Consider how this translates to a game: We want to see our handiwork because it is gratifying and fun. A battlefield expert wants only to turn around, seeking the next target and finding none, with all foes dead or dying on the ground. The expert defocuses within a chaotic symphony of death-howls and gurgling, attacks and countermeasures narrowly perceived, felt but unseen, acted upon instinctively without ever being fully comprehended, furiously seeking the next recipient of their "high art" until none remain to engage against112.
This leaves no time for admiration or pride in one's efforts and runs contrary to expectations of gameplay. There is no time for exultation, no slow-motion kill-cams, and the sense of gratification exists only after the fact.
Perhaps a post-battle "recording" could aid in the self-aggrandizement department. An "afterglow" recollection could be part of the skill-training mechanic with key presses being executed at particular times to indicate a desire for improvement in some facet of the battle. In this way, the fun-cam could serve as a post-battle assessment. I would imagine that if the majority of fight scenes in the game were properly cinematic and enjoyable on reflection that this would be a useful mechanism, but I fear as a player, I would grow bored with having to relive the events time and time again when the ultimate aim of gameplay should be what this battle accomplished or opened the way for; i.e. the story.113
Maybe a more suitable pacing mechanism would be to have such recollections "trainable" only for short, expertly-executed sequences, and the longer, more involved battles would have a "review" option, but would not be compulsory and would not be required to review for skill advancement.
Tactics We Won't Be Emphasizing
To close this section, let's examine a few very commonly seen tactics that would definitely not be part of a "realistic" model of melee gaming:
- Deflecting arrows with shields: Strictly, a shield has too much inertia to act as a reactive mechanism against arrow-fire (the arrow's profile remains invisible until it is well inside the visual OODA loop), and it is up to the archer whether or not a shot strikes shield or body. Proper shield positioning can reduce the likelihood of this event, but never completely eliminate it. Real-world archery isn't accurate enough in a melee battle to place shots so effectively on a moving target, so this is largely random. Coupled with some decent greaves and a good helm, a shielded warrior may be virtually immune to arrow fire, but by nature won't be able to catch the archer either (since archers are lightly-equipped skirmishers and not stupid enough to hold their ground against a charging, armed and armored warrior).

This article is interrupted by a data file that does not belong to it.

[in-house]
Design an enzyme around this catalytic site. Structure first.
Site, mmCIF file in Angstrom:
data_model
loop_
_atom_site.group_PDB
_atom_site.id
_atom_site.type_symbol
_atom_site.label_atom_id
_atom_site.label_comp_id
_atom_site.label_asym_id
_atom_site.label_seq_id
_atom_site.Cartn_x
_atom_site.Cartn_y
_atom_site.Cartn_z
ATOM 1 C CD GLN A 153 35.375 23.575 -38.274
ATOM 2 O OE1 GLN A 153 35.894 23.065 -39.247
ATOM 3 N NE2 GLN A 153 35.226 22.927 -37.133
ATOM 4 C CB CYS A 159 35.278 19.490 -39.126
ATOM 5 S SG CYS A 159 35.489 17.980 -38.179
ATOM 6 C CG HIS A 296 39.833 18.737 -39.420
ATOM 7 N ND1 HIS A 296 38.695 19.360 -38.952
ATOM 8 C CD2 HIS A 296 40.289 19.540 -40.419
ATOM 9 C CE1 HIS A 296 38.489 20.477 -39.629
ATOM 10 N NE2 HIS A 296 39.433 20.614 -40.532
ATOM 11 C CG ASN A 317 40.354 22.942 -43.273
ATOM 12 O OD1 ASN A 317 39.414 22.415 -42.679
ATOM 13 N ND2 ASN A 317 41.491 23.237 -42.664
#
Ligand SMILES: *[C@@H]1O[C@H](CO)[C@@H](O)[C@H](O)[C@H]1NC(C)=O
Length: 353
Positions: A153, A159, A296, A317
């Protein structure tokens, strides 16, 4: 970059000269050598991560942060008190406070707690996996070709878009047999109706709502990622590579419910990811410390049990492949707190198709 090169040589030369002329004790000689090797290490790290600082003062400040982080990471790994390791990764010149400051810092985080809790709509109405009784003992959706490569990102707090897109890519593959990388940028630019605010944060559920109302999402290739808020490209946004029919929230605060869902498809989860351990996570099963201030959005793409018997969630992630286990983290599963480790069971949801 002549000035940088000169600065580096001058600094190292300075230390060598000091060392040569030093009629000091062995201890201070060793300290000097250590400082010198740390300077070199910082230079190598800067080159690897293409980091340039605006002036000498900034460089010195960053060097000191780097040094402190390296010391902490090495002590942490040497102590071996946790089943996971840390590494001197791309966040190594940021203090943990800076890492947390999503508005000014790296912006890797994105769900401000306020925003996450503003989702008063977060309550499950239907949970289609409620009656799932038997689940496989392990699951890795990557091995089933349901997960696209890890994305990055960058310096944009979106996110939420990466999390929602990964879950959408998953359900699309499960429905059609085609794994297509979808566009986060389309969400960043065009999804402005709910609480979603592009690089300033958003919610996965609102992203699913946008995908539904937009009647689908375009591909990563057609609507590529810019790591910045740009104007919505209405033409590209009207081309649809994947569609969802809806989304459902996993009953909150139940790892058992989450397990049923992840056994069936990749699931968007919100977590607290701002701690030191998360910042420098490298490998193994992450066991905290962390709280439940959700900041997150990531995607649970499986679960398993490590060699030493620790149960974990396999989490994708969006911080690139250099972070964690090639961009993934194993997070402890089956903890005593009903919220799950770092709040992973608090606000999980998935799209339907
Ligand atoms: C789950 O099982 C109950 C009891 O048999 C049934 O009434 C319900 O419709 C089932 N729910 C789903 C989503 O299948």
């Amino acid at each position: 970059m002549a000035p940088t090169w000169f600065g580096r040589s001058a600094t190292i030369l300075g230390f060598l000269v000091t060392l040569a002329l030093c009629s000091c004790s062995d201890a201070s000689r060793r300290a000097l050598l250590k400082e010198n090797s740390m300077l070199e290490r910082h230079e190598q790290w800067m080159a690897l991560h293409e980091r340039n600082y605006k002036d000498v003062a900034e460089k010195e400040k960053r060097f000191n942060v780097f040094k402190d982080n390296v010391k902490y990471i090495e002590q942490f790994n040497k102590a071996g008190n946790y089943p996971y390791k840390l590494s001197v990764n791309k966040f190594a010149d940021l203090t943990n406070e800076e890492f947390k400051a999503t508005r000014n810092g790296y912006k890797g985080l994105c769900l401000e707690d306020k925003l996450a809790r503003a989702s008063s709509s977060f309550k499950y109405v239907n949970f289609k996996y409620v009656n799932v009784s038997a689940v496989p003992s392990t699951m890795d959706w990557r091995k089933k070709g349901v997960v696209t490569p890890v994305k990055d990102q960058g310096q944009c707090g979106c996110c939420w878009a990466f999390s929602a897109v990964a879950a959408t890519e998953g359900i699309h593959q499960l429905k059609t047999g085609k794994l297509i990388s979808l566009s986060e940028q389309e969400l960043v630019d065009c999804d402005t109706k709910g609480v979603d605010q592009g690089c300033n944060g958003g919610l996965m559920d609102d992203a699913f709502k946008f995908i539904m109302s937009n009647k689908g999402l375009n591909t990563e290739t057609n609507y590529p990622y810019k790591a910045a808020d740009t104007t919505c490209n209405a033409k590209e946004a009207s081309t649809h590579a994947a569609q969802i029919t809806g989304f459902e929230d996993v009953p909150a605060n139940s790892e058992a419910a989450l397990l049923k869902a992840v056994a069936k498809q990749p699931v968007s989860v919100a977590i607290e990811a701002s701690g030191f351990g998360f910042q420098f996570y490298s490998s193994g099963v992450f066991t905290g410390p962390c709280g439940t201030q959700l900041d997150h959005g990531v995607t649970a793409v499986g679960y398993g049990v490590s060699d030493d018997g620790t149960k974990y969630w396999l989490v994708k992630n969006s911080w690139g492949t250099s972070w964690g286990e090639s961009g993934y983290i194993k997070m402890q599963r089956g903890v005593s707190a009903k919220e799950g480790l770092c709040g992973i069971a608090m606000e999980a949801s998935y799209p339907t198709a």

- Kicking: Vastly over-used in cinematic combat. In a grueling, armored battle, balance is hard enough to come by with both feet solidly planted. We are unstable beings at the best of times, and our bipedal structure is easily compromised unless both legs are maneuvering to align against the directions of force we meet. Further, consider how foolish it is to place your leg in a position to be deflected by a four-foot razor blade. There are few instances where the payoff would be worth the risk of such a movement. To deliver a solid front kick, you must be firmly planted (read as: stationary) or walking forward. Not running, charging, pivoting or avoiding, and not aligned to deal with incoming force of any sort. Turning (roundhouse) and side kicks are often impossible to execute in armor due to joint limitations and load-bearing against the knee which does not fare well under such conditions114115.
- Jumping: I'm not much of a jumper to begin with, and have never worn full-plate armor, but I can tell you from experience that loaded under class IV tactical gear with a trauma plate, my vertical clearance on a jump wouldn't be able to avoid a cockroach, let alone a sword attack or similar low threat. Even if I could gain adequate altitude, so what? Going straight up only to drop back into the same place I started is hardly a good use of time or energy. To hurl that mass in a balanced fashion through the air towards or away from something, I could only expect to collapse on the landing. I doubt my legs would enjoy having to arrest that much unbalanced mass, and with armor (and armament) being inherently top-heavy, it isn't plausible to have the legs leading the jump at any stage. The only reasonable ending to that situation is a collapse and roll into a low, semi-stable posture. Not useless, but its necessity represents a near-unforgivable tactical failure in allowing circumstances where that bullshit move was the best thing I had available. At best, such actions would be included in the game only as "midbrain saving throws" where Joe's amygdala takes the wheel for a hail-Mary survival action and leaves the player with a mess to clean up and scant seconds to do it in. Good for drama, perhaps.